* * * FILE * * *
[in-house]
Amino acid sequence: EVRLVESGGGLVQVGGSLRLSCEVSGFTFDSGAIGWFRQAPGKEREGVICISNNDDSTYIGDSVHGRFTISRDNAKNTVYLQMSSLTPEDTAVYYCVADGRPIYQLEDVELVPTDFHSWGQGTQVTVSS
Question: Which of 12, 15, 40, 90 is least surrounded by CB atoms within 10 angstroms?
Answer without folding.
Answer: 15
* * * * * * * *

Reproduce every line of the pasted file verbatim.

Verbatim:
[in-house]
Amino acid sequence: EVRLVESGGGLVQVGGSLRLSCEVSGFTFDSGAIGWFRQAPGKEREGVICISNNDDSTYIGDSVHGRFTISRDNAKNTVYLQMSSLTPEDTAVYYCVADGRPIYQLEDVELVPTDFHSWGQGTQVTVSS
Question: Which of 12, 15, 40, 90 is least surrounded by CB atoms within 10 angstroms?
Answer without folding.
Answer: 15